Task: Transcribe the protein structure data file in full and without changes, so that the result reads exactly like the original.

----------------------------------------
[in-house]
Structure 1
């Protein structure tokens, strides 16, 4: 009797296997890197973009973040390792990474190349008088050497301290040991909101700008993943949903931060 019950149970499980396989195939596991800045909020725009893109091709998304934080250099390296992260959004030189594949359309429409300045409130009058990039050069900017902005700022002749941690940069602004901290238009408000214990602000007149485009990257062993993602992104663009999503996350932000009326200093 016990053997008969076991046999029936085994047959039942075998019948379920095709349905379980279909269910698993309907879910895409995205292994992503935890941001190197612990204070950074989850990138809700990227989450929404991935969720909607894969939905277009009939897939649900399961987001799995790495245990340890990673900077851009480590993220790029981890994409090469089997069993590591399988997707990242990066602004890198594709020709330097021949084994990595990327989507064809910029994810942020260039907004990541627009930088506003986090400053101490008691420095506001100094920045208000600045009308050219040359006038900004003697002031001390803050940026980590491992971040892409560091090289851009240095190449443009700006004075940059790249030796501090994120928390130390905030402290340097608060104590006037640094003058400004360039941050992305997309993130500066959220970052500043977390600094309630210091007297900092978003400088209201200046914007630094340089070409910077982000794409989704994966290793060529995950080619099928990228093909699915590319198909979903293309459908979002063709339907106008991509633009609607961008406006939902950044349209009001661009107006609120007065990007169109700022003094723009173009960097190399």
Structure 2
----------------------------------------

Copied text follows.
[in-house]
Structure 1
């Protein structure tokens, strides 16, 4: 009797296997890197973009973040390792990474190349008088050497301290040991909101700008993943949903931060 019950149970499980396989195939596991800045909020725009893109091709998304934080250099390296992260959004030189594949359309429409300045409130009058990039050069900017902005700022002749941690940069602004901290238009408000214990602000007149485009990257062993993602992104663009999503996350932000009326200093 016990053997008969076991046999029936085994047959039942075998019948379920095709349905379980279909269910698993309907879910895409995205292994992503935890941001190197612990204070950074989850990138809700990227989450929404991935969720909607894969939905277009009939897939649900399961987001799995790495245990340890990673900077851009480590993220790029981890994409090469089997069993590591399988997707990242990066602004890198594709020709330097021949084994990595990327989507064809910029994810942020260039907004990541627009930088506003986090400053101490008691420095506001100094920045208000600045009308050219040359006038900004003697002031001390803050940026980590491992971040892409560091090289851009240095190449443009700006004075940059790249030796501090994120928390130390905030402290340097608060104590006037640094003058400004360039941050992305997309993130500066959220970052500043977390600094309630210091007297900092978003400088209201200046914007630094340089070409910077982000794409989704994966290793060529995950080619099928990228093909699915590319198909979903293309459908979002063709339907106008991509633009609607961008406006939902950044349209009001661009107006609120007065990007169109700022003094723009173009960097190399």
Structure 2